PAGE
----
Scotland Currency Union? 'It's A Dead Parrot'
The idea Scotland would be able to hold on to the pound in the event of independence is a "dead parrot", MPs have warned.
The country's first minister was told he urgently needed to come up with a plan B on how Scotland would proceed without a "currency union" if there was a "yes" vote in just two months' time.
A report from the Scottish Affairs Committee cautioned the Scottish Government there was no way there would be a formal deal for an independent Scotland to continue using sterling.
In a reference to the Monty Python sketch in which a shopkeeper and his customer argue over the state of a Norwegian Blue parrot - which is being revived in a run of heavily promoted live Python shows in London - Ian Davidson, chairman of the committee, said: "The Scottish Government tries to give the impression that a currency union is still a possibility. It is not. This parrot is dead."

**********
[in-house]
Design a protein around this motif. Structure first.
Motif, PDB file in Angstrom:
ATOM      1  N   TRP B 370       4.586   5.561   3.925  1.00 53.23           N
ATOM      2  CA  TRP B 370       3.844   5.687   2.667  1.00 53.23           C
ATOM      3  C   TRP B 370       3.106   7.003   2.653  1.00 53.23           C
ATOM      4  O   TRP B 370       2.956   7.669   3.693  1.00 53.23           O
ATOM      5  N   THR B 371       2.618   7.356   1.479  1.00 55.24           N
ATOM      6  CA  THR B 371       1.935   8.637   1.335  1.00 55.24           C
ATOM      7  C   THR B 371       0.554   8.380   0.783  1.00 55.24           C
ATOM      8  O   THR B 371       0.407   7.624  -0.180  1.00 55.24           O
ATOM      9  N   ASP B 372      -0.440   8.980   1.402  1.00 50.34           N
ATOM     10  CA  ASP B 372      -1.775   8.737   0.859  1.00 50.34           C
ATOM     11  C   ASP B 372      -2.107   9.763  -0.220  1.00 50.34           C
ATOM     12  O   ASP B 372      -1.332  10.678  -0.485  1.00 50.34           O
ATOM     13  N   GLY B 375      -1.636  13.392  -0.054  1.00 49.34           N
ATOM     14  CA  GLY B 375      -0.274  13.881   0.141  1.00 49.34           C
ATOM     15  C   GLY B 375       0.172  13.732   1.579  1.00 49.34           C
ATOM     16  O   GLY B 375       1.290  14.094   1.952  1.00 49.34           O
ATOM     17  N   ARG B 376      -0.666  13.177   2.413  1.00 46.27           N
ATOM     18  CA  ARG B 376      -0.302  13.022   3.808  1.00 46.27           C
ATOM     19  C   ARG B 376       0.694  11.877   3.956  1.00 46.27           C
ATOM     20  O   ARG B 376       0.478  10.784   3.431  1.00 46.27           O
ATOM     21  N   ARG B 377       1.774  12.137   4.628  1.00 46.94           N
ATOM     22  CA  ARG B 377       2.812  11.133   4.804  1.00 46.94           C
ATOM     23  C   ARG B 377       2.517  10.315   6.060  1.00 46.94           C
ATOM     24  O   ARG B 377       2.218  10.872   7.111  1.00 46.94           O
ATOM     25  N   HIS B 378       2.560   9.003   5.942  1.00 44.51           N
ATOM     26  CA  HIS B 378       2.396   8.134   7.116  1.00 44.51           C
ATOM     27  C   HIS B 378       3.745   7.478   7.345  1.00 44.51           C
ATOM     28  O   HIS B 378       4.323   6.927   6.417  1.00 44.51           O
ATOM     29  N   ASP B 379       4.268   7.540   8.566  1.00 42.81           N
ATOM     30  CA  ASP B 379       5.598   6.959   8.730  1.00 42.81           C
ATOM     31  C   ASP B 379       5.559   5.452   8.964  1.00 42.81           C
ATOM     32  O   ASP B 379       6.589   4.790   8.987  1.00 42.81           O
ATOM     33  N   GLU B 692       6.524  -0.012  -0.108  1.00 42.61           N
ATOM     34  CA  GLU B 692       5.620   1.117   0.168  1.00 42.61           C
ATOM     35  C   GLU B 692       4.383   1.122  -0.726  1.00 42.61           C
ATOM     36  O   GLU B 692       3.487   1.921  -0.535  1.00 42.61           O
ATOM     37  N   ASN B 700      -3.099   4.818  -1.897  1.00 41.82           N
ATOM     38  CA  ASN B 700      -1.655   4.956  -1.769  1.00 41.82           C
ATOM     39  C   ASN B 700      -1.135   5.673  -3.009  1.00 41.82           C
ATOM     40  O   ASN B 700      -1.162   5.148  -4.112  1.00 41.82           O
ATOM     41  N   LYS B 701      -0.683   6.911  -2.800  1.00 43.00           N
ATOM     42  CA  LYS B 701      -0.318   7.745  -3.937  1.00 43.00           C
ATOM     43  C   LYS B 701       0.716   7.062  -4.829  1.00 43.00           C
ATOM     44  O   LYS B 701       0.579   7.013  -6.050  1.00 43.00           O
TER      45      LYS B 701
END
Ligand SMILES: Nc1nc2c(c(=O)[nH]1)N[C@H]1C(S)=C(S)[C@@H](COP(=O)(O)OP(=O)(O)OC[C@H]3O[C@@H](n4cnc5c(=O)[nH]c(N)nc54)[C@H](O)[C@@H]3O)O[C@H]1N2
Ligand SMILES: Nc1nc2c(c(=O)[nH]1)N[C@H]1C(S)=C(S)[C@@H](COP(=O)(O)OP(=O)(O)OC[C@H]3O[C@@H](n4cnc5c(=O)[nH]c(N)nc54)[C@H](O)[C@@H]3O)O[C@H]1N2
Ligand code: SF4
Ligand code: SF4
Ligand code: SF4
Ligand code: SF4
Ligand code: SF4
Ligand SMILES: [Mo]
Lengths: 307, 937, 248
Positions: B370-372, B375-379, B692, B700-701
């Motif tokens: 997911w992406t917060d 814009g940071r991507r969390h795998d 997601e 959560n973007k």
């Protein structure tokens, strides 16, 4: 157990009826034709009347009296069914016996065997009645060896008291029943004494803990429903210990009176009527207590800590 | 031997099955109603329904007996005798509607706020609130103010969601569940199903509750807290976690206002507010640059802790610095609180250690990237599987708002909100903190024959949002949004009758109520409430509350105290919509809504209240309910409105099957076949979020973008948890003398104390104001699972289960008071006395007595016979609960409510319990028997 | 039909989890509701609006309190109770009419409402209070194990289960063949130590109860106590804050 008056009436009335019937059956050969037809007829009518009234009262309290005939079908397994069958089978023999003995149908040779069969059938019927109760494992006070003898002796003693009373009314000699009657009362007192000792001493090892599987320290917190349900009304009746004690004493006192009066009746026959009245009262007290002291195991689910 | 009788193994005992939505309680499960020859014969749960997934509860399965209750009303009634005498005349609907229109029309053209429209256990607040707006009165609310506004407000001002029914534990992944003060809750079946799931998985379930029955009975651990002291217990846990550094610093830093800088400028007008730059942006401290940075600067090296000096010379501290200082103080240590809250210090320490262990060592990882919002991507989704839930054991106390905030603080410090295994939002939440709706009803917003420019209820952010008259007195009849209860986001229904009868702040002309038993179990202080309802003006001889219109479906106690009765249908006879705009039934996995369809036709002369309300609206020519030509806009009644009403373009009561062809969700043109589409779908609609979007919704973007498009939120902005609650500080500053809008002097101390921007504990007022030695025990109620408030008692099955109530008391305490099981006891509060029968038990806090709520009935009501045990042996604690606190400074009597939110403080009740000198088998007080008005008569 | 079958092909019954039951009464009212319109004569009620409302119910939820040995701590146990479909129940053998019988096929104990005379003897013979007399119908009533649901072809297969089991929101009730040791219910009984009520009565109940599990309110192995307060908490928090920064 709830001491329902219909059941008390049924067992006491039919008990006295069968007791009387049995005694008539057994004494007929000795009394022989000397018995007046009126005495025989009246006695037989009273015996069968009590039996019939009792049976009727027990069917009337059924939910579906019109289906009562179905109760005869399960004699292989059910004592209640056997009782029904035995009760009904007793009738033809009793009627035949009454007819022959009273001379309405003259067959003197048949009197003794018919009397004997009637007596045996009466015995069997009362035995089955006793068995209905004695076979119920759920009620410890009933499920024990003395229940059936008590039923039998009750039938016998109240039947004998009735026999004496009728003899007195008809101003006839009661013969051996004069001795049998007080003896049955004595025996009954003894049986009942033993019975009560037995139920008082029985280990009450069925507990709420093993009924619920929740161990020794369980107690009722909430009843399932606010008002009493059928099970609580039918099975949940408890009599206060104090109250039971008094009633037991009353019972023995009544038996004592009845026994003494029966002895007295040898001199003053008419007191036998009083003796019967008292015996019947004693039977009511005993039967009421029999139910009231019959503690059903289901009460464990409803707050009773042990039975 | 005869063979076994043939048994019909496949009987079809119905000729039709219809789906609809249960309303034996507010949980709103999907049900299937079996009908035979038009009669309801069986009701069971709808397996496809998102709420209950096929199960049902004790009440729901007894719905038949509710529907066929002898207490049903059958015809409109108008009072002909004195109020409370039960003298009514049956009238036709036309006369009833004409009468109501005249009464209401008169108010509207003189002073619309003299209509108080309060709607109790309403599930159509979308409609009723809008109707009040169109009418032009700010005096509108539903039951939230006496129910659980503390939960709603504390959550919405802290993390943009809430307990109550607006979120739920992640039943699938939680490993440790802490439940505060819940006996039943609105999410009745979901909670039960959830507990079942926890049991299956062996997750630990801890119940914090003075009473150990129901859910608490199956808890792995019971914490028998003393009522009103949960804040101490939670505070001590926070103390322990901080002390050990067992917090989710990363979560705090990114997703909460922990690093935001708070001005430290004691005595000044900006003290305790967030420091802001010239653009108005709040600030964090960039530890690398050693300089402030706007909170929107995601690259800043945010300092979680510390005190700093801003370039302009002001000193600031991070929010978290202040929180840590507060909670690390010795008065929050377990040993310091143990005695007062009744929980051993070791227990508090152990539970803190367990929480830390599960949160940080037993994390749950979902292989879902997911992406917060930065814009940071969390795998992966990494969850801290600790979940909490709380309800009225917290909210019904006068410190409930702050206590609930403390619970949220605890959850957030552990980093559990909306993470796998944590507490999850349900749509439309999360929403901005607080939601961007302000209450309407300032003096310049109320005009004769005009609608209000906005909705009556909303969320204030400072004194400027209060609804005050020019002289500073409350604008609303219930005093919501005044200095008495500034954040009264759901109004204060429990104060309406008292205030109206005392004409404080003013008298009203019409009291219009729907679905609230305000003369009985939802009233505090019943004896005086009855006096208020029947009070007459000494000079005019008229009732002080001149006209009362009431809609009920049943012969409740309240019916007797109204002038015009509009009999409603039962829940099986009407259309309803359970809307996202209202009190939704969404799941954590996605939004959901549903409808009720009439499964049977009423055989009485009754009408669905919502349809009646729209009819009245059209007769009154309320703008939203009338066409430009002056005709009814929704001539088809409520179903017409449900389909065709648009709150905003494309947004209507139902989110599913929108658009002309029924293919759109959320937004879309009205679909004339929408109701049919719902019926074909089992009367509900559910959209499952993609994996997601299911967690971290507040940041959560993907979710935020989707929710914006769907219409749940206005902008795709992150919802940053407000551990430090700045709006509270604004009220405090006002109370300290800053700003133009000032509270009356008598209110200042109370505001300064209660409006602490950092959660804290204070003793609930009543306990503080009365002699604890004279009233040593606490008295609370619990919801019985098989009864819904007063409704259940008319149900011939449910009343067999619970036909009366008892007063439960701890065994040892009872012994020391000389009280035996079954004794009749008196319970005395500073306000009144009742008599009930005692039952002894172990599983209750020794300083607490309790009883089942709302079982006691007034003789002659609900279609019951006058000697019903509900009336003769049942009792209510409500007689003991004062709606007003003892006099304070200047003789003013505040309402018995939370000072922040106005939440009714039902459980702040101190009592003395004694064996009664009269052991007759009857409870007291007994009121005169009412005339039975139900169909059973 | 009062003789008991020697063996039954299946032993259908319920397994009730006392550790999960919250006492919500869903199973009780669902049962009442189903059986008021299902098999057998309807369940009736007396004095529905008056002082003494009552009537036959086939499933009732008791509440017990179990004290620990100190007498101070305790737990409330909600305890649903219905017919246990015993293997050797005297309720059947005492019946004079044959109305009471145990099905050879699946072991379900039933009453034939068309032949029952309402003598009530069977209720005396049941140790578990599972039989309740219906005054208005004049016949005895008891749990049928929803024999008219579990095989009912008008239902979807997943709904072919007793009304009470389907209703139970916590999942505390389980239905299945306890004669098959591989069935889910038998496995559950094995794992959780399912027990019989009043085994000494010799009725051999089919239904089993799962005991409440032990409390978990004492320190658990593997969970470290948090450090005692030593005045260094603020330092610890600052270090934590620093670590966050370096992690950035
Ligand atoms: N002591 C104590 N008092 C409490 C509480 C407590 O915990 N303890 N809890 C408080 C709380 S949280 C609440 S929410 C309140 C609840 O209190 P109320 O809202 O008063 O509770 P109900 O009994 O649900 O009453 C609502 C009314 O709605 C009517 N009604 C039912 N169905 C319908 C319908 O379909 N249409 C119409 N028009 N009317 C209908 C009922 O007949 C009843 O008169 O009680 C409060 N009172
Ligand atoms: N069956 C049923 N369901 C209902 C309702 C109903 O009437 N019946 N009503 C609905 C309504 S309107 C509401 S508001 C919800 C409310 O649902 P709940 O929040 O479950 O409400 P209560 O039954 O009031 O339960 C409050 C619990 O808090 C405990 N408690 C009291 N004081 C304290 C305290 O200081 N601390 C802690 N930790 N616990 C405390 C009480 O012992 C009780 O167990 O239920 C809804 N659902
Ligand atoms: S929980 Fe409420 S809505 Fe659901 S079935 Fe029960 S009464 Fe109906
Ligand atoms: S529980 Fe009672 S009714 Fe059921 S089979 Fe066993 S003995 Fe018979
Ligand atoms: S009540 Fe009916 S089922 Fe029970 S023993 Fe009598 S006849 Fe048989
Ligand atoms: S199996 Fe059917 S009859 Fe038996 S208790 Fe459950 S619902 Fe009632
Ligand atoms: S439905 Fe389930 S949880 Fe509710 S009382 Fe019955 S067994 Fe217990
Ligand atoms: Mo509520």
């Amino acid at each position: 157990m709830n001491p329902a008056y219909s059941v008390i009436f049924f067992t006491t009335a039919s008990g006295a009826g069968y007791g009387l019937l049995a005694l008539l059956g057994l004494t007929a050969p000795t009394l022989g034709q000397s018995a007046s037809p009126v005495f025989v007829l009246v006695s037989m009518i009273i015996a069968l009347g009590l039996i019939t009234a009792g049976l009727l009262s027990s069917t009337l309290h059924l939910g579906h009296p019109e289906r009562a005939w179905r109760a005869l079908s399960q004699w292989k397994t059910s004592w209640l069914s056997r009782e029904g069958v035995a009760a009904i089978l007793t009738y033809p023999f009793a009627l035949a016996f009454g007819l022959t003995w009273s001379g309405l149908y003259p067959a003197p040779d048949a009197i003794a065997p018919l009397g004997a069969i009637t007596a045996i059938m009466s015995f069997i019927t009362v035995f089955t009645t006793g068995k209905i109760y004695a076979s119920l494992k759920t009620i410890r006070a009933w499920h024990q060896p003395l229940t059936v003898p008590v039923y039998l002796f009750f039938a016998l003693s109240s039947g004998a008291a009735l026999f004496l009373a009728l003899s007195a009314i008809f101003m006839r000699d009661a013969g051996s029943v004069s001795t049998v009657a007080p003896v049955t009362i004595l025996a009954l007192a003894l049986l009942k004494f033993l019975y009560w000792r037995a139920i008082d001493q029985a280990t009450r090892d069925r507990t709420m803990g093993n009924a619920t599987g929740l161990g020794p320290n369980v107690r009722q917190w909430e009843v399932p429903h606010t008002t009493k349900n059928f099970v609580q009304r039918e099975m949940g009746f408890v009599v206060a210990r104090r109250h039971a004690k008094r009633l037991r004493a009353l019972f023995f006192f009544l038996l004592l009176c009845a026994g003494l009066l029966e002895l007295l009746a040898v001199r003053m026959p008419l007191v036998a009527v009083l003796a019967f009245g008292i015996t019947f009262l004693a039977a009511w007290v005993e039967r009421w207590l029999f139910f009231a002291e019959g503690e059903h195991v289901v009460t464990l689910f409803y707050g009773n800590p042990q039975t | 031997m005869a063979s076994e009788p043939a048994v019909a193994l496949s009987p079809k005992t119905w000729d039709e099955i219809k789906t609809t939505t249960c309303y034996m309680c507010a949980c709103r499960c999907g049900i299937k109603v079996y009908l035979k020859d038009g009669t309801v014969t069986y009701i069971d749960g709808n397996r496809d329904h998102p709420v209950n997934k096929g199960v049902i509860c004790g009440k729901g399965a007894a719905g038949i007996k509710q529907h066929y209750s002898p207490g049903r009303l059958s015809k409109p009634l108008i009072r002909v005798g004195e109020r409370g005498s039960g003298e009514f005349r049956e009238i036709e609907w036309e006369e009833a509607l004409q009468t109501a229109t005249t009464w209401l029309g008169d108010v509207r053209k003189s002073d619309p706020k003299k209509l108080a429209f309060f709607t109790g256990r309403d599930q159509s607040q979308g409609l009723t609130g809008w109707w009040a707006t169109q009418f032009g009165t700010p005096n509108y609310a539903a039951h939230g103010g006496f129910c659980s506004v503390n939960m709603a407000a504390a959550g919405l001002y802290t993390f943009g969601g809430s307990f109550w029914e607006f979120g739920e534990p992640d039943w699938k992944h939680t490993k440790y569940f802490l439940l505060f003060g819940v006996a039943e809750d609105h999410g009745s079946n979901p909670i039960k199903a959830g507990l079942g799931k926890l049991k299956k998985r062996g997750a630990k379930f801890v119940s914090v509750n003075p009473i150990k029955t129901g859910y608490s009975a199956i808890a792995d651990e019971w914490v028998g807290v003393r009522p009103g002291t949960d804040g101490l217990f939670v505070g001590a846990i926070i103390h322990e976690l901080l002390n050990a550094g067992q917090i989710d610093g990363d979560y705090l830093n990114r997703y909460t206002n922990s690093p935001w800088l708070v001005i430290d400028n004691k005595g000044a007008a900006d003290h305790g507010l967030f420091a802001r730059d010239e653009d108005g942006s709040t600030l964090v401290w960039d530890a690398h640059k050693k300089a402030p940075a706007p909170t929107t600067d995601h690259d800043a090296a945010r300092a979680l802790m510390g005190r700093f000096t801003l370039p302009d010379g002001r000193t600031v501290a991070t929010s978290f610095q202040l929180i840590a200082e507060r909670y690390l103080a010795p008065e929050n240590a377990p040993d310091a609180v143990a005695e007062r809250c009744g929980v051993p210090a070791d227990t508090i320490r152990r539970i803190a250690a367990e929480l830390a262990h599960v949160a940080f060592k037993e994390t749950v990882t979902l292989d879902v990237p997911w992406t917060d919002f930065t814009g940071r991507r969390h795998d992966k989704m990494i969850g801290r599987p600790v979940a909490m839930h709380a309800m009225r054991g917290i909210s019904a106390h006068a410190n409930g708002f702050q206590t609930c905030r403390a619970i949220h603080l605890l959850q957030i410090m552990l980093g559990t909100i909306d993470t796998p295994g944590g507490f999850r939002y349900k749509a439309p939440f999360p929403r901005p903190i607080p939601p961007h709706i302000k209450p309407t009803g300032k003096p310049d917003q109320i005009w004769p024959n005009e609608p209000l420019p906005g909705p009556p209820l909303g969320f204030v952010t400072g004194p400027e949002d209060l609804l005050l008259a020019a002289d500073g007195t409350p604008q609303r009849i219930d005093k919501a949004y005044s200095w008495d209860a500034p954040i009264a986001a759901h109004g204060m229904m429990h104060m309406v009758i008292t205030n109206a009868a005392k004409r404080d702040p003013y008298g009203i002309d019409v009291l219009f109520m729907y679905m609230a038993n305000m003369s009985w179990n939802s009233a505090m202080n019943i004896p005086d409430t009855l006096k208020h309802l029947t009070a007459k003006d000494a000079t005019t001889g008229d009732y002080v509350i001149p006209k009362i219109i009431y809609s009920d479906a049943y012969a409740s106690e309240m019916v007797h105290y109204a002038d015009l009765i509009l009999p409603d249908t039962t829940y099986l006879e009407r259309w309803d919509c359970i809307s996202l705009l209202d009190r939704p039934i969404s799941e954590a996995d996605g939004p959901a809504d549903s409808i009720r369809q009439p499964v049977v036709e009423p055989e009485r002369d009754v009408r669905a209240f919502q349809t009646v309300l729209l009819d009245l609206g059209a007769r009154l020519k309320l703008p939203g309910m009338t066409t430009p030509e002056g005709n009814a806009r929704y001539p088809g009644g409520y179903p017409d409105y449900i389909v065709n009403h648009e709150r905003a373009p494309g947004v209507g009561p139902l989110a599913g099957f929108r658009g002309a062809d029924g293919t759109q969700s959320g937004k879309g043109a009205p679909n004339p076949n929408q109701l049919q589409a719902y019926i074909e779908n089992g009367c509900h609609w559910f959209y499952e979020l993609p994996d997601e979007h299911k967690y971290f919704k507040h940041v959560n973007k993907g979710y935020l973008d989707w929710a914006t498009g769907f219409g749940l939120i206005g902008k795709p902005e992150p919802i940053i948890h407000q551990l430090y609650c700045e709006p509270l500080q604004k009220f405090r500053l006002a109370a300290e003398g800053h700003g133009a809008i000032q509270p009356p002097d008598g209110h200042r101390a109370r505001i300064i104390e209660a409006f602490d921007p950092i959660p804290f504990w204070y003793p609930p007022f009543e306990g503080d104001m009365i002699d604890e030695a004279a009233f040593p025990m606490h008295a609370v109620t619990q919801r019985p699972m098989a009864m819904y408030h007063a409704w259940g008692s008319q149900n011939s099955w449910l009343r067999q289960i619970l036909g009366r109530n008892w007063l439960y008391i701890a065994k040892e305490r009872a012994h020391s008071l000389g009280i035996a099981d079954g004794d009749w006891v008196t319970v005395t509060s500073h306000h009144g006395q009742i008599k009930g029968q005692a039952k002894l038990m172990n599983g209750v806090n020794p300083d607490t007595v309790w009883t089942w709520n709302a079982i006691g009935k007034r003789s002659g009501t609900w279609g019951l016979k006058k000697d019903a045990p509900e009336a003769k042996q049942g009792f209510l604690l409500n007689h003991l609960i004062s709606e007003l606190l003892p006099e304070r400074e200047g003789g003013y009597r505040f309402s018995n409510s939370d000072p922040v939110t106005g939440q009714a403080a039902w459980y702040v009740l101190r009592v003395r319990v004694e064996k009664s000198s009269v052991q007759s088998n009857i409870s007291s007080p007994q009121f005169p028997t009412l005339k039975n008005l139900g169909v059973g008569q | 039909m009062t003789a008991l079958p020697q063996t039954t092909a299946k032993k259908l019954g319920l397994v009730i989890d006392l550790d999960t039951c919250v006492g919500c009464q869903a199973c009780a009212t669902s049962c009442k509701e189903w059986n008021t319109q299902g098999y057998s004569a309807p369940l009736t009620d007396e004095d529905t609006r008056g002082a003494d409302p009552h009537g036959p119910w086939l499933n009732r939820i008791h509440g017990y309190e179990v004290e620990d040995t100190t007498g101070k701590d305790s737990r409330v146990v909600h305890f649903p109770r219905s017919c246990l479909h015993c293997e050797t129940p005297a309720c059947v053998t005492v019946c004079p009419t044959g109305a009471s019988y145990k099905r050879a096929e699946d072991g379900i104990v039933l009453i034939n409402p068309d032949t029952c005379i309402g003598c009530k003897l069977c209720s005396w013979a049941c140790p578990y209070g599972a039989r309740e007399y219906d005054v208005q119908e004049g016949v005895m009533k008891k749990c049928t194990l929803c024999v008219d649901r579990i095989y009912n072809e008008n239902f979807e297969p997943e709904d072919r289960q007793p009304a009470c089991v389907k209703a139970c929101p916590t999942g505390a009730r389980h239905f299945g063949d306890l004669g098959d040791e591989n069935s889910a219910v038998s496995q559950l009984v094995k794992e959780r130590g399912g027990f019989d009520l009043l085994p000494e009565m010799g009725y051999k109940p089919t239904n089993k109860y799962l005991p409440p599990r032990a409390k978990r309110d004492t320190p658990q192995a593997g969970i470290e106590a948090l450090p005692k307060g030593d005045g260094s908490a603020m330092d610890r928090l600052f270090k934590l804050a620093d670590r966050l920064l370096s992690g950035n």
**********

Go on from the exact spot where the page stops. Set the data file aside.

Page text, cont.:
The report by the committee said: "If Scotland leaves the United Kingdom there will not be a currency union.
"Voters urgently need to be told what the Scottish Government has as a Plan B."
Chancellor George Osborne and the Chief Secretary to the Treasury Danny Alexander have both ruled out currency union, as has the shadow chancellor Ed Balls.
The report also gave warning Scotland's financial services could suffer if the country votes to leave the UK and the Alex Salmond must give voters information on how he "intends to protect the thousands of jobs dependent upon this vital part of the Scottish economy".
It continued: "We have already seen evidence that significant Scottish financial services companies are preparing to relocate their headquarters, with the consequent effect on Scottish jobs and the Scottish economy, in the event of separation."
Standard Life, which has been based in Scotland for 189 years and employs around 5,000 people there, announced in February it was drawing up a contingency plan to leave in the event of independence.
A spokesman for the First Minister branded the report "lame" and said: "An independent Scotland will keep the pound - as conceded by the unnamed UK minister caught telling the truth by saying 'of course' there will be a currency union.
"The pound is as much Scotland's as it is England, Wales and Northern Ireland's."